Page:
Harry Potter Review

Harry Potter & The Half-Blood Prince

Harry Potter Review

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This is was potentially one of my favourite movies and books from the Harry Potter series. Speaking solely on the movies, by the time the third one came around the direction, script and cast had literally and figuratively matured enough to be taken somewhat serious with their adult fan base. This increased again i thought upon the arrival of this movie on screens, The Half-Blood Prince. This showed such an impressive turn in the production, direction, cinematography, CGI, everything had been improved upon from previous films. Michael Gambon was unarguably an improvement upon Richard Harris, as the role is a lot more physically complex and demanding the further on the series goes, and Gambon’s voice and general portrayal of Dumbledore had a lot more magic to it. From this movie the tone of the films were considerably darker and had much more adult themes running throughout them. 

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The ‘Potions’ classes and montage of moments trying to make the ‘Drought of Living Death’ in Horace Slughorn’s first practical lesson was what made my head turn whilst watching it, anticipating and recognizing a higher quality of content in the movie. I also absolutely adored the choice of ‘Jim Broadbent’ to play Horace as he made the role into someone much more intriguing and endearingly quirky than the books original description, a rare moment when i think that changing something from book to screen was absolutely the right call. His character added in a few more chuckles which were organically drawn out from the audience. When we first meet him he has transfigured himself in to an armchair to hide from death-eaters.

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Also, the relationship and dynamic explored between Horace and Albus is one that it a little similar to siblings, they have a unique view of the world and although they don’t stand in complete synchronicity, they’re both a little adorable.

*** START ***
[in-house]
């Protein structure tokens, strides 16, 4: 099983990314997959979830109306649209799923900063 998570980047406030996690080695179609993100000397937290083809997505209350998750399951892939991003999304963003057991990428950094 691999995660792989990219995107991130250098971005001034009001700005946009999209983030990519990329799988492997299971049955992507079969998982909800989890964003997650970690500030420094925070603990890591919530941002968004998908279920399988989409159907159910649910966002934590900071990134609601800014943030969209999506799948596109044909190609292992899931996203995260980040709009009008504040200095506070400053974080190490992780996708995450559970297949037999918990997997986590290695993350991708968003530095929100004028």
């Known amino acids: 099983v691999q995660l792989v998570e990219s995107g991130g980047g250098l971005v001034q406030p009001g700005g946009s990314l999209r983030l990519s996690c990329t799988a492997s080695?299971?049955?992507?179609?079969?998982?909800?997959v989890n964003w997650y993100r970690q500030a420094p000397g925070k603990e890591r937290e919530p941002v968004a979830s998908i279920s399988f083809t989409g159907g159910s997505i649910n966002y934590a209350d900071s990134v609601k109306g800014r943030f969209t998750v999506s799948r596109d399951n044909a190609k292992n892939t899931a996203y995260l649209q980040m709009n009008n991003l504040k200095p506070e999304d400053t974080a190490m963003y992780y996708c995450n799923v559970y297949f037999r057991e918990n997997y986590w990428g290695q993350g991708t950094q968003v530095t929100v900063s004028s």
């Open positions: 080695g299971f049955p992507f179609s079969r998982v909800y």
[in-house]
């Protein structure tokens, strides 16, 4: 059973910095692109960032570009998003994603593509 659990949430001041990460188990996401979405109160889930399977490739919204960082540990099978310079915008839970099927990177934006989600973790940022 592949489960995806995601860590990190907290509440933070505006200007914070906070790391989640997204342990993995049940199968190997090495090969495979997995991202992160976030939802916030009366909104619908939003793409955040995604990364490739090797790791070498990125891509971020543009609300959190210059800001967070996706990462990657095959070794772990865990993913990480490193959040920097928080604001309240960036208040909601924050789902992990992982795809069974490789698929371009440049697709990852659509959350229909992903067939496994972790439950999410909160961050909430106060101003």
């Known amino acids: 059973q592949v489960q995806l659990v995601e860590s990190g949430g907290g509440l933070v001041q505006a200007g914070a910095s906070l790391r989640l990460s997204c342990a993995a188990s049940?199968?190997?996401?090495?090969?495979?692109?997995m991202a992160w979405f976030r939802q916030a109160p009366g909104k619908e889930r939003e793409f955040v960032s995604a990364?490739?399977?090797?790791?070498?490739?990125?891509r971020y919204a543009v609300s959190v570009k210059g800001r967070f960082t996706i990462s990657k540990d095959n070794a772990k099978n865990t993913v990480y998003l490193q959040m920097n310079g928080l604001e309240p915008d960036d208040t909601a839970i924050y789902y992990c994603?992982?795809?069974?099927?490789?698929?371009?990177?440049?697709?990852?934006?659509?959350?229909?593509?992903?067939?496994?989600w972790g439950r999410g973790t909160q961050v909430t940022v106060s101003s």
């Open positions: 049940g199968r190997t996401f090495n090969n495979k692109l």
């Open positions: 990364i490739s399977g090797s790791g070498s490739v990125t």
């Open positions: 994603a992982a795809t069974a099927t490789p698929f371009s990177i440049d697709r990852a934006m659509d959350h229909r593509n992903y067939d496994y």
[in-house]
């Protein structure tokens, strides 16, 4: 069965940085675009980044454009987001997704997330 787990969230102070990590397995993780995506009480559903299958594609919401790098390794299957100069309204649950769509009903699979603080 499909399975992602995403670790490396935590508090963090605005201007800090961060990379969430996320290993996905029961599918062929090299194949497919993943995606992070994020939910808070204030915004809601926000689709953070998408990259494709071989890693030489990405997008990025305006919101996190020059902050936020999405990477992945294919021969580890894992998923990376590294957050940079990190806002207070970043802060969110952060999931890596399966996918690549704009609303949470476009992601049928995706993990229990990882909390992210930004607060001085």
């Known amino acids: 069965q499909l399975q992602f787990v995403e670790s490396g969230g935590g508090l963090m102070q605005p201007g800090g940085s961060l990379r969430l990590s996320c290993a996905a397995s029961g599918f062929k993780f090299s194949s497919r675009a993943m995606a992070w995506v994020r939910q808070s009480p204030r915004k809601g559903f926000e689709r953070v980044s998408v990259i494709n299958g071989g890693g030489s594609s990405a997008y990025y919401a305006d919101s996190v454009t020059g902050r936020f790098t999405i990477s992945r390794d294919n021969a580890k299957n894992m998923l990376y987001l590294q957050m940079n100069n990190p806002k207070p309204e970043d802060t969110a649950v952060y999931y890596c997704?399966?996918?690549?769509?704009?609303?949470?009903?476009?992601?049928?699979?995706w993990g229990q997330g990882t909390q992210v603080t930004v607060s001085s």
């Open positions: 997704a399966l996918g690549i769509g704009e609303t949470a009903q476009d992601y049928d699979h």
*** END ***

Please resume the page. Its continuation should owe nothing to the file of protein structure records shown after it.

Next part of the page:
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Our introduction into the Potions class arrives.

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Watching these movies you literally got to see these actors growing up from puberty to adulthood. When they were cast in the first movie Daniel, Emma and Rupert were 11 and 12 years old. (2001) Ten years later in 2011 Harry Potter and the Deathly Hallows Part 2 came out onto screens. A literal decade of their lives documented in this series, Emma Watson in my personal opinion becoming more and more flawless as time passes.

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HP6D-08842r (L-r) DANIEL RADCLIFFE as Harry Potter, MATTHEW LEWIS as Neville Longbottom, EMMA WATSON as Hermione Granger and BONNIE WRIGHT as Ginny Weasley in Warner Bros. PicturesÕ fantasy adventure ÒHarry Potter and the Half-Blood Prince."

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I mean … Perfection.

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We’ve some hair-rising work in the Potions class.

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then we have that ridiculously entertaining sequence where Ron gets poisoned / or ‘dosed’ with one hell of a love potion …

Slughorn: “i would have thought a potion man like yourself could have whipped up a cure in no time m’boy”